Joyride: How One Lieutenant Just Became The Military’s Most Unlikely Folk Hero
by Kevin Wilson
On June 5, 2018, 29 year old Virginia Army National Guard Lieutenant Joshua Yabut stole an M577 armored personnel carrier from Ft Pickett and took it on a 65 mile joyride to the state capital of Richmond. In doing so, he secured his place in history.
The reasons LT Yabut stole the world’s most reliable 577 are unclear. Though he was apparently on drugs at the time;, and evidence on his social media accounts suggest the theft was premeditated. Though he didn’t give any clues about his motive, he did post a screenshot of a map of Capitol Square, with a pin on the Capitol building, as well as a Wikipedia link to the M113, another APC.
Methinks his command could have put two and two together had they bothered checking his Twitter, but hindsight is 20/20.
No one was harmed during the pursuit, and aside from the damage that the tracks surely did to the hardball (seriously, how the hell did he manage not to throw a track, going that far that fast?), I haven’t found any reports of property damage. On both accounts, a great deal of credit goes to the Virginia Highway Patrol, who by all reckoning conducted the pursuit with a level of professionalism in the face of absurdity that does them all credit. Seriously gents, well done.
Meanwhile, while the media, police, and no doubt military investigators are all scratching their heads trying to figure out just what the hell motivated the quiet, unassuming Yabut to take an APC on a joyride, enlisted men and women all over the country look on in slack-jawed awe.
In short, LT Yabut has been declared a, and I quote, “f—ing legend.”
To an outsider, this might be baffling. Whatever else might happen, the Lieutenant probably won’t be one much longer, and is almost certainly facing a not insignificant amount of jail time. His Army career is over. Although no one was hurt, that definitely wasn’t a given at the outset.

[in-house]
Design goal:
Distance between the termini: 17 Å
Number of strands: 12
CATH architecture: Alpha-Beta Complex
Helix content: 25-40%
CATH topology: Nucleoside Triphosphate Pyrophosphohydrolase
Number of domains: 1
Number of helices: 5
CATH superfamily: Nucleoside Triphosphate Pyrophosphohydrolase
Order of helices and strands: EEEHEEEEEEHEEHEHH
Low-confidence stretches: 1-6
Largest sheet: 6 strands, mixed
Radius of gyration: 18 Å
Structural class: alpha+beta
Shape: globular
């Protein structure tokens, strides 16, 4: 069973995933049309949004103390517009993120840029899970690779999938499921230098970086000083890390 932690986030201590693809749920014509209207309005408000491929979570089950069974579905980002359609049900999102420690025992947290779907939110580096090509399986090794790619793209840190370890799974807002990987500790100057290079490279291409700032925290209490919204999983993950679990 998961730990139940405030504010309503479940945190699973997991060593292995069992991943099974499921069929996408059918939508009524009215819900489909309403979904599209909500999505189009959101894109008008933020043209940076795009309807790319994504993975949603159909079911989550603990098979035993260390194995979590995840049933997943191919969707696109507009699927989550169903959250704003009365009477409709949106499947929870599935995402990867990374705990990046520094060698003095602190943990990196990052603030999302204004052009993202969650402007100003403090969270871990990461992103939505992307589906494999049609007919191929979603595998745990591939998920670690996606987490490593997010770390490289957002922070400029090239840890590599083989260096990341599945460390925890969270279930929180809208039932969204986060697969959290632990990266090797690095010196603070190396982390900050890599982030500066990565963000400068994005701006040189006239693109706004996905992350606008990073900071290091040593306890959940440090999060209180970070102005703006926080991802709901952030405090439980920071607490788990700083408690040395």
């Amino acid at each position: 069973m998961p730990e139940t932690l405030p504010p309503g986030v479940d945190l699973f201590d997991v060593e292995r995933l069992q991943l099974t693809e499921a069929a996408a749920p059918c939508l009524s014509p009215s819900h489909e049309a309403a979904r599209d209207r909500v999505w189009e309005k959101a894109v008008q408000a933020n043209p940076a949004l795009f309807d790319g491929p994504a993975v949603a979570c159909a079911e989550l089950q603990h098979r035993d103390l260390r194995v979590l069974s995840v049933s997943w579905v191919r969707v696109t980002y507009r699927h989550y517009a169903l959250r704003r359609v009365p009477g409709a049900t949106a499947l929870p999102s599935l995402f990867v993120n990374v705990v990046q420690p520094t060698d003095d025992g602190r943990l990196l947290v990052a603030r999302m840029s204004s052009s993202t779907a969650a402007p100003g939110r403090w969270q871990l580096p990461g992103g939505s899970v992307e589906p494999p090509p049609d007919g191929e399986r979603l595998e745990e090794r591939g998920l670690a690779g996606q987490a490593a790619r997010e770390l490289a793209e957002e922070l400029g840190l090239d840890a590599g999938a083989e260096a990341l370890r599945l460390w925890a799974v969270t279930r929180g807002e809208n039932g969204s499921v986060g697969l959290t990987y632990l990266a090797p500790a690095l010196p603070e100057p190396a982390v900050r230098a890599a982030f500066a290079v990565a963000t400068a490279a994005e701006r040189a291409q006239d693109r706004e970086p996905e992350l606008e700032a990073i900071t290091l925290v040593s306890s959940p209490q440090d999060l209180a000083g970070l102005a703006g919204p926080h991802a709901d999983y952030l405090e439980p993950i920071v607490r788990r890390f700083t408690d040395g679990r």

So why would we celebrate such a thing?
Firstly, and most importantly, it wasn’t our joe that did it.
We can all sit back and laugh, despite the fact that we all know we’re going to end up with safety briefs out the ass as a result because, well, he’s not on our roster. I’d be laughing a lot less if it was someone in my unit, because that would make life miserable for all of us. His entire chain of command is about to get an ass reaming, probably all the way up to the brigade level.
Fortunately for the rest of us, the LT ain’t our problem. Hell, plenty of us are glad it was an officer instead of a lower enlisted. Lord knows I expected it to be some burnt out Specialist who finally decided he’d had enough.
But that brings me to my second point: we’ve all been there. No, I don’t mean we’ve all taken a 12 ton armored personnel carrier out on the highway for shits and giggles. But let’s be honest: we’ve all thought about it. Maybe not that, specifically, but we’ve all been to that point where we wanted to say screw this and deuce out in the most epic way possible.
For most of us, the idea of punching the source of our misery in the face and riding out in a blaze of glory never gets past the level of vivid daydream. We know deep down that it’s not worth it, so we light up another cigarette or put in another dip and get back to work, grumbling the whole time about how we’d like to make our exit.
But Lieutenant Yabut didn’t just grumble. He didn’t just daydream. He made his plan and executed it, and will live on forever in the hearts and minds of frustrated soldiers, sailors, airmen and Marines. We don’t condone what he did; we’re all aware that it was needlessly dangerous and stupid as hell. But Sir, we salute you for it.
Side note: major props to the guys maintaining that 577. I’ve never managed to get one of the cranky bastards to go 65 minutes without breaking down, much less 65 miles on the highway. Mad respect.